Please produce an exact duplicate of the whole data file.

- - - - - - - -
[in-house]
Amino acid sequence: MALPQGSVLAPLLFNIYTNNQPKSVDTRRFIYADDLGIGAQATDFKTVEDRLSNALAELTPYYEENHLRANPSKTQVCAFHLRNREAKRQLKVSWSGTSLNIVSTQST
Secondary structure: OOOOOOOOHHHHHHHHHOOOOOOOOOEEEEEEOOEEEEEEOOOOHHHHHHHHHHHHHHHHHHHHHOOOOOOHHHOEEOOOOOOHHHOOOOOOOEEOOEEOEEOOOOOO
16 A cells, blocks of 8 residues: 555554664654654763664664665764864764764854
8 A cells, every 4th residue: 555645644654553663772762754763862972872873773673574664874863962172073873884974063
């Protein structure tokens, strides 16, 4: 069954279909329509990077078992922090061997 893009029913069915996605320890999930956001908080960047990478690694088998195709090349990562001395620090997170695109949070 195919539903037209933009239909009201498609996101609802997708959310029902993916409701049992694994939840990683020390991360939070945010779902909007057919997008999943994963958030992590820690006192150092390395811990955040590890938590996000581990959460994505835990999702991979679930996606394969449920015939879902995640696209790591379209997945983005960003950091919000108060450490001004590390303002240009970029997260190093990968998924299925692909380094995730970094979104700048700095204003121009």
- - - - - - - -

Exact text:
[in-house]
Amino acid sequence: MALPQGSVLAPLLFNIYTNNQPKSVDTRRFIYADDLGIGAQATDFKTVEDRLSNALAELTPYYEENHLRANPSKTQVCAFHLRNREAKRQLKVSWSGTSLNIVSTQST
Secondary structure: OOOOOOOOHHHHHHHHHOOOOOOOOOEEEEEEOOEEEEEEOOOOHHHHHHHHHHHHHHHHHHHHHOOOOOOHHHOEEOOOOOOHHHOOOOOOOEEOOEEOEEOOOOOO
16 A cells, blocks of 8 residues: 555554664654654763664664665764864764764854
8 A cells, every 4th residue: 555645644654553663772762754763862972872873773673574664874863962172073873884974063
């Protein structure tokens, strides 16, 4: 069954279909329509990077078992922090061997 893009029913069915996605320890999930956001908080960047990478690694088998195709090349990562001395620090997170695109949070 195919539903037209933009239909009201498609996101609802997708959310029902993916409701049992694994939840990683020390991360939070945010779902909007057919997008999943994963958030992590820690006192150092390395811990955040590890938590996000581990959460994505835990999702991979679930996606394969449920015939879902995640696209790591379209997945983005960003950091919000108060450490001004590390303002240009970029997260190093990968998924299925692909380094995730970094979104700048700095204003121009």